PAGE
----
Beliefnet
Rod Dreher

Panel of top economists, financiers and former regulators warns that the financial meltdown of 2008 may have been just the beginning. Excerpt:

In the report, the panel, that includes Rob Johnson of the United Nations Commission of Experts on Finance and bailout watchdog Elizabeth Warren, warns that financial regulatory reform measures proposed by the Obama administration and Congress must be beefed up to prevent banks from continuing to engage in high risk investing that precipitated the near collapse of the U.S. economy in 2008.
The report warns that the country is now immersed in a “doomsday cycle” wherein banks use borrowed money to take massive risks in an attempt to pay big dividends to shareholders and big bonuses to management – and when the risks go wrong, the banks receive taxpayer bailouts from the government.
“Risk-taking at banks,” the report cautions, “will soon be larger than ever.”

Hmm. A friend and reader of this blog wrote today, in response to my earlier post wondering what would become of the country if enough ordinary people, for whatever reason or set of reasons, quit believing in the government:

I do think the problem you pose about the faith of ordinary people, sensible people in the system is an important one — one that’s not asked enough. And there, I have to say I would put the matter somewhat differently: not whether ordinary people will lose faith in the system but when they will respond to the system having broken faith with them? For faith is a two way street, and that is what seems to me to have happened — not just under Obama (as the tea party people say), or under Bush (as liberals like to think), but going back at least to the point where basically the economic interests of the banks, etc., and the general interests of one class, increasingly in control of most of the nation’s money (while most people’s incomes stagnated at best) were allowed not just pride of place — that’s always true, not just in the US now — but virtual monopoly so almost no decisions were made with the interests of the broad majority of people in mind.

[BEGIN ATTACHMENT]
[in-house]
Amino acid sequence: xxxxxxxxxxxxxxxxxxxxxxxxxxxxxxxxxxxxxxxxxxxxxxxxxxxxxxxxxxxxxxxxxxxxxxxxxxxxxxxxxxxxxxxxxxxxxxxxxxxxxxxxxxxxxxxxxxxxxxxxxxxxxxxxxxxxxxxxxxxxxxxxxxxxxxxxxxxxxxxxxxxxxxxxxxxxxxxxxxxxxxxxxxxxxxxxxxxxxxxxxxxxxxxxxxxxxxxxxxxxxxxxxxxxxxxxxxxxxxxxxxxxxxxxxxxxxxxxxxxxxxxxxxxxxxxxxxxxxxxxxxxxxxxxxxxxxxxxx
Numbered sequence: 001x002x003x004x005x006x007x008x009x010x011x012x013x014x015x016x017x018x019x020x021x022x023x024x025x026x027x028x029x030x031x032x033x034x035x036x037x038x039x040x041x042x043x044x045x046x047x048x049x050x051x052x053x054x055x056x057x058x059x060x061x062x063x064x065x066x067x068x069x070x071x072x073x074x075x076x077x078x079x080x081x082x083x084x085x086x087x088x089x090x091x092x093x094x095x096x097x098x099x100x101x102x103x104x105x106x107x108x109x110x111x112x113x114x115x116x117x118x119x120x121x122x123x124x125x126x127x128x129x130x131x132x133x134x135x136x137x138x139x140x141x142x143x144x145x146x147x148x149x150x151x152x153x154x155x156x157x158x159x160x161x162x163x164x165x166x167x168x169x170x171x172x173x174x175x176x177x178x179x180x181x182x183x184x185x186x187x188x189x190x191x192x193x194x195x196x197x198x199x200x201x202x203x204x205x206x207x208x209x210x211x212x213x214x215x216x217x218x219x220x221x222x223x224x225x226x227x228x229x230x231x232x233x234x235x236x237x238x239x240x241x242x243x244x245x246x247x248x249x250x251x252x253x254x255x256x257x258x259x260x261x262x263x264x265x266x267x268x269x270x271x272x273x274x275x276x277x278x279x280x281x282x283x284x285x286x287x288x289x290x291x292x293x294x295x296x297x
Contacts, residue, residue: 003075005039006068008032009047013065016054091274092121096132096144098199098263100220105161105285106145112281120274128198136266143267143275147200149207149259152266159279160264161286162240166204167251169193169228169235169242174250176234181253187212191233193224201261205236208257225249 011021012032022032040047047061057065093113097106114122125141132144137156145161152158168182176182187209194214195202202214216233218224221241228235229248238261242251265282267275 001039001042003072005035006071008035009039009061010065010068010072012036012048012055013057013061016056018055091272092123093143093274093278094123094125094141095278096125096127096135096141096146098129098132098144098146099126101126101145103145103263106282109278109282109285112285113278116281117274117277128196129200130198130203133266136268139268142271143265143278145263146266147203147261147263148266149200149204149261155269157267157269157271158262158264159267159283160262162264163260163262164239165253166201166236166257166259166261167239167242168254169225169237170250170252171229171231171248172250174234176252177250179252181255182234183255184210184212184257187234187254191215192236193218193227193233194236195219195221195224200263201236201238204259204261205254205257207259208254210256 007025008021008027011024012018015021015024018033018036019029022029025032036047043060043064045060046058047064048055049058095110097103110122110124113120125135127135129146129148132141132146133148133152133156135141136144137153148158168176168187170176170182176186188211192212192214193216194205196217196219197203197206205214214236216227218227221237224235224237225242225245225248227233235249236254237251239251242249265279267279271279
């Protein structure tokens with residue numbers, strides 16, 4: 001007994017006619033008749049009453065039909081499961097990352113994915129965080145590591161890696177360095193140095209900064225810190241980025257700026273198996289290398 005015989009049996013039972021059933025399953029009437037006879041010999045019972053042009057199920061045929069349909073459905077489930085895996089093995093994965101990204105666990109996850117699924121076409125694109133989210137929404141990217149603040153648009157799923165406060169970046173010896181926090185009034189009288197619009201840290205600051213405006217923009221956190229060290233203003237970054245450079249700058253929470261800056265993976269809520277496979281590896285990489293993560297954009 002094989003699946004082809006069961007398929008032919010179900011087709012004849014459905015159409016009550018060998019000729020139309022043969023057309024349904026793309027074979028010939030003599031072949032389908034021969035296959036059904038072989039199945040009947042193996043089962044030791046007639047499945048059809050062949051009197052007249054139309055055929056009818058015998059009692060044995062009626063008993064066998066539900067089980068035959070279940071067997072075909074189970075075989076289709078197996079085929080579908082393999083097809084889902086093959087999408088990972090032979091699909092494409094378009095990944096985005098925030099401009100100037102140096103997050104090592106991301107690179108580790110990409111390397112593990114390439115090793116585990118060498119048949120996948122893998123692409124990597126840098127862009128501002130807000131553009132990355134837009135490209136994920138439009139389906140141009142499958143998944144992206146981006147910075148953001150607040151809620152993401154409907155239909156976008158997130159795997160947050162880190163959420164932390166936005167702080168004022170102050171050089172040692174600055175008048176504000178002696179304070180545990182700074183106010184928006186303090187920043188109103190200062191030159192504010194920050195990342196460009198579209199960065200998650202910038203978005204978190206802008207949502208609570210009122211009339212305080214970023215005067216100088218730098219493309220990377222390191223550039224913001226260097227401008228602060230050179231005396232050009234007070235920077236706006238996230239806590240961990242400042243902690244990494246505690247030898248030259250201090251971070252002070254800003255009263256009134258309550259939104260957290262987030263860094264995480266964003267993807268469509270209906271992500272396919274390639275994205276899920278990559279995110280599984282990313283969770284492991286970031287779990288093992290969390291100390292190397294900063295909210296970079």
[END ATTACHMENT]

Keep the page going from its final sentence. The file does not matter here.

Now, you know this is not a political blog, and I really don’t want the combox conversation to get into blaming Democrats or Republicans. What interests me is the way the moral sensibilities of the U.S. majority may shift if we do not have what you might call a re-moralization of the U.S. financial structure — that is, the establishment of firm structures that keep them from behaving immorally, putting us all at risk. That’s what this panel is talking about. If the behavior of the big banks causes another — and worse — crash, we could be looking at the moral delegitimization of the American establishment (by which I mean the governing and financial establishment) in the eyes of many, perhaps most, Americans. This is very, very serious. This is, I think, primarily a matter of political economy, but even more deeply it reflects the moral order we are prepared to live under — and the moral accountability those with great power owe to the rest of us.
I think all the time about the high-level banker friend who left the industry and returned to the practice of his faith when he had an epiphany at an elite banker’s convention, seeing how unspeakable the luxury was: he realized that all this money they had control of had made these men and women — folks just like him — reckless and just about morally insane.

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